I didn’t really feel much for the TVS Radeon when I spent some time with it in its initial days at our garage. At the time, my heart was set on the Ntorq and the Radeon just wasn’t as convenient, or fun. Many months have passed since, and now that the Ntorq has gone, my commutes are equally split between the Radeon and the Interceptor.
The hinged fuel-filler cap is a small but thoughtful feature that’s appreciated at the price.
The reason why the little TVS is not being ignored now will come across as a little bit of showboating. Over the past couple of months, I’ve been riding some incredible machines – everything from big BMWs to magnificent MVs to electrifying Harleys. The LiveWire is what really hit the switch (heh!) and I came back from riding this super-futuristic but rather soulless machine craving some back-to-basics simplicity. The Radeon proved to be the perfect antidote.
The riding position and seat are very comfy for riders of all shapes and sizes.
This humble commuter and I have braved the monsoon together, me wrapped head to toe in waterproofs while the bike simply went about doing its business. We’ve ridden through slush, craters and floods, and the only thing that affected it was water getting into the drum brakes, turning them either super-grabby or very dull. They also need frequent adjustment. While I long for a front disc, I also wish there was some form of storage for a tool kit and basic documents.
The side-stand-down warning sound chimes even in neutral and this is a constant annoyance.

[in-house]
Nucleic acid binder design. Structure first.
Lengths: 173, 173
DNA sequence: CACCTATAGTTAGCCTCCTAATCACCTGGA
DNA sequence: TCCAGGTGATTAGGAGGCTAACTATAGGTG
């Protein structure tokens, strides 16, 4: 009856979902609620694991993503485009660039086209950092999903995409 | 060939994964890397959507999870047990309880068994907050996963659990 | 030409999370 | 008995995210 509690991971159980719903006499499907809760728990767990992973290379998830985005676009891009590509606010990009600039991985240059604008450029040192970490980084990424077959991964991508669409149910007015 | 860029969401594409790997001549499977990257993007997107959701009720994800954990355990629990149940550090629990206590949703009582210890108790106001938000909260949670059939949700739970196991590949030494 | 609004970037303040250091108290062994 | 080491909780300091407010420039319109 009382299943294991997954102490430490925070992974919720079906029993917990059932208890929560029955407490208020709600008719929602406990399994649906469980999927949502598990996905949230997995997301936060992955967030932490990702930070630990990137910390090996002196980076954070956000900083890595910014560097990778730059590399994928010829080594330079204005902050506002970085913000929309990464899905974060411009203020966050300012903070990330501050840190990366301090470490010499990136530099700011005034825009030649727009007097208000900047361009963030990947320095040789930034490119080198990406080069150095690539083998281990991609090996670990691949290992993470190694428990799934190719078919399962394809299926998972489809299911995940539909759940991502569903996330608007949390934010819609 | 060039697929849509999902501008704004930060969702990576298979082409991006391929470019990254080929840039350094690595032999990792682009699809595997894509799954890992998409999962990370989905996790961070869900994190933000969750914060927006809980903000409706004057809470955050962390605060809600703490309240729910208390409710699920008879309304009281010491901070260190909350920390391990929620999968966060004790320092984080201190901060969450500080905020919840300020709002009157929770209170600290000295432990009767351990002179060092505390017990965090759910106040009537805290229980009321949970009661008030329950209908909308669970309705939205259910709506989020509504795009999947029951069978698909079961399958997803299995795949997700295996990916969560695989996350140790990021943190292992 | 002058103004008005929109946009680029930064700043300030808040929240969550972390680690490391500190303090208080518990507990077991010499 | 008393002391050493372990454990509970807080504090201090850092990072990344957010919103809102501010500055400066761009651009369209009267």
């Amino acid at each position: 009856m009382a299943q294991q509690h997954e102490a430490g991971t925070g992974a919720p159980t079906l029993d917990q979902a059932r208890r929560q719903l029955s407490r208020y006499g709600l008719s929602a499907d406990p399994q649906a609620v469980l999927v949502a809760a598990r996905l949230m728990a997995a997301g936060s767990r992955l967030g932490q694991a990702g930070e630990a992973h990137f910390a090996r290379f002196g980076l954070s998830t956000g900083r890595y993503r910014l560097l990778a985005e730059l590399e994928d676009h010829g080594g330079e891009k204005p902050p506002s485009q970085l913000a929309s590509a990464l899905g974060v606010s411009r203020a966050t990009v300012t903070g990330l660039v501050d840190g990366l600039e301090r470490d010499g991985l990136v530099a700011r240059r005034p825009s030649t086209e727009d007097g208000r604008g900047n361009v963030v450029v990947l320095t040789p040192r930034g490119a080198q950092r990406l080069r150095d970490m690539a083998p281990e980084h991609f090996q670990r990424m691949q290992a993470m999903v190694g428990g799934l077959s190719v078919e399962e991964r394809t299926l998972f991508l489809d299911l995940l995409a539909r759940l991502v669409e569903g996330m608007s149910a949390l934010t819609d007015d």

But then, the Rs 50,820 price means I really cannot complain, especially when I recall that the obscenely expensive phone in my pocket costs more. Just having tubeless tyres, a side-stand-down alert and electric start is enough at this price. On the plus side, I’m enjoying the motor for its tractability and the peppy exhaust note. I’ve grown to appreciate the lazy ease of the heel-toe shifter and I’m happy that the seat is far more comfortable than the Interceptor’s. The fact that fuel stops are an infrequent ritual is a pleasure too.
Drum brakes demand frequent adjustment and the monsoon rain makes them very grabby.
In all this time, we’ve only faced one mechanical woe – a snapped clutch cable. But that shouldn’t have happened on a bike with less than 3,500km on the clocks. When it was new, the bike took quite a while to warm up and sputtered for the first few minutes of riding, but that issue has sorted itself out with time and a couple of services. Beyond that, everything just works, and there’s a genuine allure to a motorcycle that is so simple and straightforward. So much so, that I’ve even caught myself pondering buying one as a reminder of the simpler times. I won’t, but the fact that the thought even came up says something…
The Radeon is a capable commuter, but it still has that little spark to keep you smiling and TVS deserves a pat on the back for achieving that rare mix.
2018 TVS Radeon long term review, first report
2018 TVS Radeon long term review, second report